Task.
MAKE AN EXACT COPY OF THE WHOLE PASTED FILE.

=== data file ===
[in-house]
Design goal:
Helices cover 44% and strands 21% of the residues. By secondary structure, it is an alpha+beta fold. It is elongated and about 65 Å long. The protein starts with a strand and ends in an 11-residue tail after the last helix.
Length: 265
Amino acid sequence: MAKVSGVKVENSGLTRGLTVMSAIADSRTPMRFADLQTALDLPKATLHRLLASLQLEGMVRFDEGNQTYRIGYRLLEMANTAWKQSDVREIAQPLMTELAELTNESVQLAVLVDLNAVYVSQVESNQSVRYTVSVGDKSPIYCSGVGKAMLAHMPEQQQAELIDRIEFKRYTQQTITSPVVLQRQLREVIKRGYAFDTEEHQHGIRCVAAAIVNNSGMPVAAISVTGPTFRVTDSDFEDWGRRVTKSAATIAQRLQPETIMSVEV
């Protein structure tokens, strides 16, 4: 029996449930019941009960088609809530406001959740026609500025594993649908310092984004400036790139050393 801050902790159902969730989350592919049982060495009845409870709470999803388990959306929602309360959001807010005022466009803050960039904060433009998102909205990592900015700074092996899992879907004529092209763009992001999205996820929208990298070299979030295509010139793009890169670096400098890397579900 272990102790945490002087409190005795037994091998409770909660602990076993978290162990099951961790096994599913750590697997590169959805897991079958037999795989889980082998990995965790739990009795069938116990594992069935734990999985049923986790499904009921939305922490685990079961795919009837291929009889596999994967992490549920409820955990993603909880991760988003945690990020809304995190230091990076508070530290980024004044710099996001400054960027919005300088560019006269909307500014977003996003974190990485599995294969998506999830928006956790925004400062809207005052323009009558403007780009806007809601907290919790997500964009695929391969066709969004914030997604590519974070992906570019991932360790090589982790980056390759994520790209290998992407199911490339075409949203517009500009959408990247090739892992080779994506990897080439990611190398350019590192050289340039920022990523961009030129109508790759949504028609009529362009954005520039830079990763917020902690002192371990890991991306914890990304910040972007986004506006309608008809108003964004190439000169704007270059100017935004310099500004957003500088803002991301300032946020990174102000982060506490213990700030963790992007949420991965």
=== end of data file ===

[in-house]
Design goal:
Helices cover 44% and strands 21% of the residues. By secondary structure, it is an alpha+beta fold. It is elongated and about 65 Å long. The protein starts with a strand and ends in an 11-residue tail after the last helix.
Length: 265
Amino acid sequence: MAKVSGVKVENSGLTRGLTVMSAIADSRTPMRFADLQTALDLPKATLHRLLASLQLEGMVRFDEGNQTYRIGYRLLEMANTAWKQSDVREIAQPLMTELAELTNESVQLAVLVDLNAVYVSQVESNQSVRYTVSVGDKSPIYCSGVGKAMLAHMPEQQQAELIDRIEFKRYTQQTITSPVVLQRQLREVIKRGYAFDTEEHQHGIRCVAAAIVNNSGMPVAAISVTGPTFRVTDSDFEDWGRRVTKSAATIAQRLQPETIMSVEV
């Protein structure tokens, strides 16, 4: 029996449930019941009960088609809530406001959740026609500025594993649908310092984004400036790139050393 801050902790159902969730989350592919049982060495009845409870709470999803388990959306929602309360959001807010005022466009803050960039904060433009998102909205990592900015700074092996899992879907004529092209763009992001999205996820929208990298070299979030295509010139793009890169670096400098890397579900 272990102790945490002087409190005795037994091998409770909660602990076993978290162990099951961790096994599913750590697997590169959805897991079958037999795989889980082998990995965790739990009795069938116990594992069935734990999985049923986790499904009921939305922490685990079961795919009837291929009889596999994967992490549920409820955990993603909880991760988003945690990020809304995190230091990076508070530290980024004044710099996001400054960027919005300088560019006269909307500014977003996003974190990485599995294969998506999830928006956790925004400062809207005052323009009558403007780009806007809601907290919790997500964009695929391969066709969004914030997604590519974070992906570019991932360790090589982790980056390759994520790209290998992407199911490339075409949203517009500009959408990247090739892992080779994506990897080439990611190398350019590192050289340039920022990523961009030129109508790759949504028609009529362009954005520039830079990763917020902690002192371990890991991306914890990304910040972007986004506006309608008809108003964004190439000169704007270059100017935004310099500004957003500088803002991301300032946020990174102000982060506490213990700030963790992007949420991965």